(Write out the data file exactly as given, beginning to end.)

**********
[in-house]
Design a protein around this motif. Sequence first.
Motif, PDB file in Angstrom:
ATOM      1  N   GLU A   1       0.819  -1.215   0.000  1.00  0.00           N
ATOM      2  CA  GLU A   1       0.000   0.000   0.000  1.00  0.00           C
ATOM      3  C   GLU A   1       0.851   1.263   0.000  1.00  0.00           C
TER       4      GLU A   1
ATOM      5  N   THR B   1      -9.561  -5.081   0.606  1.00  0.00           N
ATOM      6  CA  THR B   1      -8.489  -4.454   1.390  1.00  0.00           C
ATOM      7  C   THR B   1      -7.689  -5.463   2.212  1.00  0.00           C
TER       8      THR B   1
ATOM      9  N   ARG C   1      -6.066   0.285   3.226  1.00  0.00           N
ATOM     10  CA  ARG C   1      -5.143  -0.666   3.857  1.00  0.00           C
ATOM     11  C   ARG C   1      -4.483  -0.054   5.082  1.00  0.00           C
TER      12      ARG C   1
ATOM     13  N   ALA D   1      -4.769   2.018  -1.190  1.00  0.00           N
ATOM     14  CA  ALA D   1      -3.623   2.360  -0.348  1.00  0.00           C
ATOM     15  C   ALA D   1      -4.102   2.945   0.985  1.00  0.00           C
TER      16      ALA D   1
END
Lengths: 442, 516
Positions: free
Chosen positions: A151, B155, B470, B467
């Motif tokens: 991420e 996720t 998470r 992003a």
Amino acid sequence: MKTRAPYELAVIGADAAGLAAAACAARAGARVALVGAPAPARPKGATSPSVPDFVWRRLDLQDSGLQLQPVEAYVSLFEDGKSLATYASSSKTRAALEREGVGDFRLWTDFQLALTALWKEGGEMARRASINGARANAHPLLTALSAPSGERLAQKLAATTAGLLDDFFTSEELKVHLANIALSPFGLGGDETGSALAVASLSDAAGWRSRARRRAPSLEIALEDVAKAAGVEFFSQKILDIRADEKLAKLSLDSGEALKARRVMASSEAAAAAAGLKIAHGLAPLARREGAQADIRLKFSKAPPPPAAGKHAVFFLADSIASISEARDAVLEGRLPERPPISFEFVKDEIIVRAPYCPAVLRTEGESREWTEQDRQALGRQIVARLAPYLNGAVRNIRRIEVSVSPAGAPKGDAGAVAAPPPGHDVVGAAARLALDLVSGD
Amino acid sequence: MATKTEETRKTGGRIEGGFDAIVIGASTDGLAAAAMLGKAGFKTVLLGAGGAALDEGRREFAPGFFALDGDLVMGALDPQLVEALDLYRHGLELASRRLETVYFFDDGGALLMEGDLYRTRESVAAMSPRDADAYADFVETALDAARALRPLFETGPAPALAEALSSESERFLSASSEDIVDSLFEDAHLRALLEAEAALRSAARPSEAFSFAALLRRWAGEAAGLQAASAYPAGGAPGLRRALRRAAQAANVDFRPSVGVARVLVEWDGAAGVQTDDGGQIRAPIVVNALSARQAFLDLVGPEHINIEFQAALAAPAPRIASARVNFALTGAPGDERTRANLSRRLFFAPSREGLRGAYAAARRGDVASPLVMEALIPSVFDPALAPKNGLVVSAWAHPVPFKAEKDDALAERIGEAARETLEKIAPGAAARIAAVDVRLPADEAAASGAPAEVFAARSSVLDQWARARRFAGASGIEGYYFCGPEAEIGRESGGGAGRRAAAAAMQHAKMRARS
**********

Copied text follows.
[in-house]
Design a protein around this motif. Sequence first.
Motif, PDB file in Angstrom:
ATOM      1  N   GLU A   1       0.819  -1.215   0.000  1.00  0.00           N
ATOM      2  CA  GLU A   1       0.000   0.000   0.000  1.00  0.00           C
ATOM      3  C   GLU A   1       0.851   1.263   0.000  1.00  0.00           C
TER       4      GLU A   1
ATOM      5  N   THR B   1      -9.561  -5.081   0.606  1.00  0.00           N
ATOM      6  CA  THR B   1      -8.489  -4.454   1.390  1.00  0.00           C
ATOM      7  C   THR B   1      -7.689  -5.463   2.212  1.00  0.00           C
TER       8      THR B   1
ATOM      9  N   ARG C   1      -6.066   0.285   3.226  1.00  0.00           N
ATOM     10  CA  ARG C   1      -5.143  -0.666   3.857  1.00  0.00           C
ATOM     11  C   ARG C   1      -4.483  -0.054   5.082  1.00  0.00           C
TER      12      ARG C   1
ATOM     13  N   ALA D   1      -4.769   2.018  -1.190  1.00  0.00           N
ATOM     14  CA  ALA D   1      -3.623   2.360  -0.348  1.00  0.00           C
ATOM     15  C   ALA D   1      -4.102   2.945   0.985  1.00  0.00           C
TER      16      ALA D   1
END
Lengths: 442, 516
Positions: free
Chosen positions: A151, B155, B470, B467
């Motif tokens: 991420e 996720t 998470r 992003a």
Amino acid sequence: MKTRAPYELAVIGADAAGLAAAACAARAGARVALVGAPAPARPKGATSPSVPDFVWRRLDLQDSGLQLQPVEAYVSLFEDGKSLATYASSSKTRAALEREGVGDFRLWTDFQLALTALWKEGGEMARRASINGARANAHPLLTALSAPSGERLAQKLAATTAGLLDDFFTSEELKVHLANIALSPFGLGGDETGSALAVASLSDAAGWRSRARRRAPSLEIALEDVAKAAGVEFFSQKILDIRADEKLAKLSLDSGEALKARRVMASSEAAAAAAGLKIAHGLAPLARREGAQADIRLKFSKAPPPPAAGKHAVFFLADSIASISEARDAVLEGRLPERPPISFEFVKDEIIVRAPYCPAVLRTEGESREWTEQDRQALGRQIVARLAPYLNGAVRNIRRIEVSVSPAGAPKGDAGAVAAPPPGHDVVGAAARLALDLVSGD
Amino acid sequence: MATKTEETRKTGGRIEGGFDAIVIGASTDGLAAAAMLGKAGFKTVLLGAGGAALDEGRREFAPGFFALDGDLVMGALDPQLVEALDLYRHGLELASRRLETVYFFDDGGALLMEGDLYRTRESVAAMSPRDADAYADFVETALDAARALRPLFETGPAPALAEALSSESERFLSASSEDIVDSLFEDAHLRALLEAEAALRSAARPSEAFSFAALLRRWAGEAAGLQAASAYPAGGAPGLRRALRRAAQAANVDFRPSVGVARVLVEWDGAAGVQTDDGGQIRAPIVVNALSARQAFLDLVGPEHINIEFQAALAAPAPRIASARVNFALTGAPGDERTRANLSRRLFFAPSREGLRGAYAAARRGDVASPLVMEALIPSVFDPALAPKNGLVVSAWAHPVPFKAEKDDALAERIGEAARETLEKIAPGAAARIAAVDVRLPADEAAASGAPAEVFAARSSVLDQWARARRFAGASGIEGYYFCGPEAEIGRESGGGAGRRAAAAAMQHAKMRARS